…as we practice proximity with those we think of as lacking, we will begin to see ourselves aligned, the chasm between us narrowed to the width of the street where we live. Rather than clinging to this easy vernacular of “them” and “us,” let’s keep being broken together, slow to assume that certain people automatically need Jesus. Maybe they already have him. Maybe they just need a true friend. Maybe if we find ourselves compelled toward them it’s because we need to be discipled by them. (from “Let’s Stop Loving on the Least of These” pg. 118)
Mother Teresa famously said, “If you want to bring happiness to the whole world, go home and love your family.” We gobble up her words, plastering them on signs and hand-lettering them onto notecards. We love them because they are beautiful. And profoundly true. But let’s not forget, this is the same Mother Teresa who reminded us to ‘draw a wider circle’ around who we consider family. Seen under the light of that truth, new meaning emerges. If we want our world to be better, we have to go out and love the people around us. We need to invite them in, as family. (from “We All Are Mothers” pg. 142)
What I Wrote
I’m getting back in the swing of writing now that my self-defined maternity leave has ended. Jake has been working a lot of nights this past month, which gives me a lot of quiet evenings to sit in front of my laptop.
In my own space, I wrote about the time we thought our kids had head lice and how it actually served as a means to point me back to the Gospel. Over at Mighty Moms, I wrote an article about how to involve kids in Thanksgiving (a little after the fact now) and a round-up of toy ideas for little kids who love cars (specially dedicated to Sawyer).
I’ve also been writing some micro-essays on my public Instagram page. So often, very small moments throughout my days reveal deeper concepts to me, and Instagram has served as a nice outlet for those thoughts because it forces me to use fewer words (and also gives me a reason to play around with photography).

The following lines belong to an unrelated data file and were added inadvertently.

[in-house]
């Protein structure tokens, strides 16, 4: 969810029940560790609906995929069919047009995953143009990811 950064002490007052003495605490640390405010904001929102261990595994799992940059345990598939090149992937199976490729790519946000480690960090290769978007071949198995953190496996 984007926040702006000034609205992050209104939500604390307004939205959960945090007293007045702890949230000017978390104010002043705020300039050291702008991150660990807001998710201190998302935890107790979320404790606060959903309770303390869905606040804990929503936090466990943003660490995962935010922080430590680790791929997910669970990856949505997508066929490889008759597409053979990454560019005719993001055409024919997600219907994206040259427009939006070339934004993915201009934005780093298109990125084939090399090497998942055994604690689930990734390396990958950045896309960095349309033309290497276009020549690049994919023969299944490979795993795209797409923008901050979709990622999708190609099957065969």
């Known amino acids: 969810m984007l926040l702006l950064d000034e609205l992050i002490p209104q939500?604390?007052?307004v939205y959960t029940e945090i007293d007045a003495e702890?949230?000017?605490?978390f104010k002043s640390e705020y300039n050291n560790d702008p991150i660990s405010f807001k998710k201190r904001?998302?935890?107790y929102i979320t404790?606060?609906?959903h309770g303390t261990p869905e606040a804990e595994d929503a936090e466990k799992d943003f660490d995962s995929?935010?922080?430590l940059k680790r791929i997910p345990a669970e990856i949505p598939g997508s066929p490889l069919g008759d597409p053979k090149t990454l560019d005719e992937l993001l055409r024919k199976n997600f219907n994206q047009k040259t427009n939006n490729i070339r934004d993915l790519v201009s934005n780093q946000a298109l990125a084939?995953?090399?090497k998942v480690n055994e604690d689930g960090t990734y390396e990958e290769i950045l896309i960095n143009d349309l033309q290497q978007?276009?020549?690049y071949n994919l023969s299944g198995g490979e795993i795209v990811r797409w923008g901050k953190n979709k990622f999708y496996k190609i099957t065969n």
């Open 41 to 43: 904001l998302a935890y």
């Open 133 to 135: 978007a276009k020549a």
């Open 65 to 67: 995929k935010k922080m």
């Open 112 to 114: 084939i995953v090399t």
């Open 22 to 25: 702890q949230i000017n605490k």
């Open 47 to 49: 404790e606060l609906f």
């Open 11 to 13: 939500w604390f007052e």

A few days ago, I wrote this quick reflection after Norah’s lunchtime prayer happened to reroute my entire day:
Onward Christmas Candles!
Every year, when I flip the giant $3 calendar I get from the Target dollar section to December, I think, “Didn’t I just buy this?” Jake asked me the other day if I think time will ever feel slower to which I said simply, “No.”
I’ve got two more books on my “to read list” for this year, but, honestly, I’m mostly just looking forward to looking back at 2018 as a whole. But, in addition to a lot of big things happening in our family, I also can’t ignore the small threads that repeated themselves throughout each month.
But, there I go getting ahead of myself and it’s not even officially December yet.
Tune in next month?
5 thoughts on “october + november = books + thoughts”
I also did not like “Girl, Wash Your Face.” There were some good parts, but overall I didn’t love it like everyone else seems to.
I love that you do a monthly blog post! I might need to copy your idea. I am terrible at blogging, but I read a lot (most of the time) and it would give me a start to a blog post.
Also, I clicked on your link on Mighty Moms … and wow! You have written a lot for them! That’s awesome.
Great mini-essay on Norah’s prayer, Molly. Nicely done throughout!
I love you! Dad
Sent from my iPad
Girl, I would totally take you up on that cup of coffee…I had the SAME reaction to “Girl, Wash Your Face”! I started following and then pretty quickly unfollowed her on Instagram. Just couldn’t do it. I have the other two books on hold at the library…I can’t wait until it’s my turn and I can dive into them!